Chavez has faced opposition and media criticism for last year's inflation of 17 percent and has struggled to keep food costs down despite controls that have caused distortions in supply chains and occasionally left store shelves empty.

http://tinyurl.com/2yynlo
 

wembley8

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(Trying to influence elections on other countries - how shocking! :) )

If you look at Chavez' record, he has done a lot to help the poorer sections of society and seems serious about reducing inequalities. He's also a great enthusiast for the Bolivarian cause and rolling back US influence in Latin America in favour or self-determination, which can only be a good thing.

Annoying the US? He has guaranteed that the oil supply to the US will not be interrupted, hardly the act of someone who wanted to make trouble. he winds up a lot of people because he's not in favour of the whole capitalist thing (the coverage in The Economist is hilarious).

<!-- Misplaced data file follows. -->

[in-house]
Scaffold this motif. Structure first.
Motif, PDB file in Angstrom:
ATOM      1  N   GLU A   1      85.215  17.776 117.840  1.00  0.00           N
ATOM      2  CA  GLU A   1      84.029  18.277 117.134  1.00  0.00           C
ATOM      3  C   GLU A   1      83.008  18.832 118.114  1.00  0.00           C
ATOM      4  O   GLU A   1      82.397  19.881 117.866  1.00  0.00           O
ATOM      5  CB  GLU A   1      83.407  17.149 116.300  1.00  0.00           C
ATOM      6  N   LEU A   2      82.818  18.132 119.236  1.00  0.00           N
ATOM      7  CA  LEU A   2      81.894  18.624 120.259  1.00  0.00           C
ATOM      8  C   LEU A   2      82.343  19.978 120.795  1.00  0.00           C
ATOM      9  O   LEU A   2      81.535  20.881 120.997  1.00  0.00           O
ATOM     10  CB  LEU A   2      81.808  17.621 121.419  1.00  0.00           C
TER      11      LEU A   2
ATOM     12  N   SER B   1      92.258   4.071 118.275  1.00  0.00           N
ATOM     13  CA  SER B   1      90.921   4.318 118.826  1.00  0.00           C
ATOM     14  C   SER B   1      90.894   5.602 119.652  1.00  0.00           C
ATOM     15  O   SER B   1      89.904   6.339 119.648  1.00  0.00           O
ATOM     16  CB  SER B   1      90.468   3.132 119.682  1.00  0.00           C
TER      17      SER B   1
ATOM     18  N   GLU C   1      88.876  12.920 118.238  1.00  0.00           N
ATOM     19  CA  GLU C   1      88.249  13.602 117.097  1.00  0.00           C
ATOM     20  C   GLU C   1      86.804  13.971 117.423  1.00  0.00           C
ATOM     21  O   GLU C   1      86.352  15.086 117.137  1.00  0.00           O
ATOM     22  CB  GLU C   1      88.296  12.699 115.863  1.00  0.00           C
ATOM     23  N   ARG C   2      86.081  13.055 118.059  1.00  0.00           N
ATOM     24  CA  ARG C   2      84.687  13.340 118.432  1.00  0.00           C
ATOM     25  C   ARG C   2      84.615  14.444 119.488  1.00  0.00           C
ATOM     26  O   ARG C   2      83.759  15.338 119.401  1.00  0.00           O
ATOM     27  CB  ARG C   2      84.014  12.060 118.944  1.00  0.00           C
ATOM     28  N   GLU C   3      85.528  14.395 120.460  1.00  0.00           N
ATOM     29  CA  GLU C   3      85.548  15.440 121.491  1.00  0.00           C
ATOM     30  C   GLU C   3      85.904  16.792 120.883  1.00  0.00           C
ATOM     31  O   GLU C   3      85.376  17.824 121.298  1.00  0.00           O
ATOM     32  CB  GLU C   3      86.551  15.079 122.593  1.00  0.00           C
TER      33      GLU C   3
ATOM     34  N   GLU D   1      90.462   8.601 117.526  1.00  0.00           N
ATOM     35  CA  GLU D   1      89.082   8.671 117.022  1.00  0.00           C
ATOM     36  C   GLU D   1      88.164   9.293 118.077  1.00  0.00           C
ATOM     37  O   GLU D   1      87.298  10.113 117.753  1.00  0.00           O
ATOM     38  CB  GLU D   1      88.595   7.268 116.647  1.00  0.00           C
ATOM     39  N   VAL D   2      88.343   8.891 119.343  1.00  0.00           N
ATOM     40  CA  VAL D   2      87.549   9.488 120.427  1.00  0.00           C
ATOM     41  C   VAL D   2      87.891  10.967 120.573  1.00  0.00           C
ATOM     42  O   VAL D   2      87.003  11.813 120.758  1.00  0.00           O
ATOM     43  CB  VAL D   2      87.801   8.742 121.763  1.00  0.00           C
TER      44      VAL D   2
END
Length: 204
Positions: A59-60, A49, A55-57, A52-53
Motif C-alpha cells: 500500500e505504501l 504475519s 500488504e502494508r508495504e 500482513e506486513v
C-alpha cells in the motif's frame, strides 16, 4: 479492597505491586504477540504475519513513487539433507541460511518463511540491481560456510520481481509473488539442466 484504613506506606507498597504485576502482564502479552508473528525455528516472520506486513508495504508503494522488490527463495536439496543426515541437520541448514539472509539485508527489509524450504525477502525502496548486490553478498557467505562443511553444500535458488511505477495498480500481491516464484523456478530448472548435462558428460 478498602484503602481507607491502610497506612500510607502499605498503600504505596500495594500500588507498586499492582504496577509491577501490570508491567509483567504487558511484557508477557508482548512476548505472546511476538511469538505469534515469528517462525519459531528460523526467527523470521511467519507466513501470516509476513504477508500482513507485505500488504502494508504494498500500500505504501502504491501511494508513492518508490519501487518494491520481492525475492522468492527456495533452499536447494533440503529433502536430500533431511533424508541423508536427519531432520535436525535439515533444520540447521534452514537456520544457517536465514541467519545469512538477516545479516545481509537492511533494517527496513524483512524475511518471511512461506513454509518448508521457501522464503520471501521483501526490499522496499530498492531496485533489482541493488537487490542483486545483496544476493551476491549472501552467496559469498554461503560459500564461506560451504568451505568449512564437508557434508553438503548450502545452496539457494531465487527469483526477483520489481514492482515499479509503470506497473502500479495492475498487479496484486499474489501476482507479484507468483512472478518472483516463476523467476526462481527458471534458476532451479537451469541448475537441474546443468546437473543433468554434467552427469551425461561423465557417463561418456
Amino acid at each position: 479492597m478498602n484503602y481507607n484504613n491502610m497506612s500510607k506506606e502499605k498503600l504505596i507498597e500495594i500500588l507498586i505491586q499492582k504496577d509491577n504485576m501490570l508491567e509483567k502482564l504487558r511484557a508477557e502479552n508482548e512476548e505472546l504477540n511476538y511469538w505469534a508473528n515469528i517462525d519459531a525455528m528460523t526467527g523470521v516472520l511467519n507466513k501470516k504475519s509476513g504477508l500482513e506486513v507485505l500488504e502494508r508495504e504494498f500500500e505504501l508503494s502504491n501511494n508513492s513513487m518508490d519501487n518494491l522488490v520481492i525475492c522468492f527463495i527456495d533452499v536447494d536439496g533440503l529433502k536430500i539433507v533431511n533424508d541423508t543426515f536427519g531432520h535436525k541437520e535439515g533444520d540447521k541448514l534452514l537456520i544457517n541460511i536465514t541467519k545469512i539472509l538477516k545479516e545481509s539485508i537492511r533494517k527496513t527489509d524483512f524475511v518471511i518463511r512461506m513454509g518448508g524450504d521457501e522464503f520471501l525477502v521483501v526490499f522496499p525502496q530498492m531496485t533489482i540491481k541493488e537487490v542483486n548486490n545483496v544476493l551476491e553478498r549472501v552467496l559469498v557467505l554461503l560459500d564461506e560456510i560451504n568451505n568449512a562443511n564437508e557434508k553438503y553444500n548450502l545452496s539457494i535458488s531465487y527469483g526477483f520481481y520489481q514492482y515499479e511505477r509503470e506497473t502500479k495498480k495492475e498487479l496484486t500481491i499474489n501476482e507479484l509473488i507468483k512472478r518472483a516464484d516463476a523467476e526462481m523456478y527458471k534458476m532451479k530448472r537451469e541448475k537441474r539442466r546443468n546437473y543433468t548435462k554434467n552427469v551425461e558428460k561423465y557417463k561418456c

Put another way - what would you do in his place if you wanted to improve the place, reduce corruption and do something about the apalling poverty in Venezuela? Maybe a 'socialist paradise' is too much to ask, but could the place be improved?
 
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Anonymous

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Where is the conspiracy in this thread? All i see is political opinion. This thread should really be in the mainstream news section. Unless you can prove a conspiracy of sorts.
 

ramonmercado

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wowsah156 said: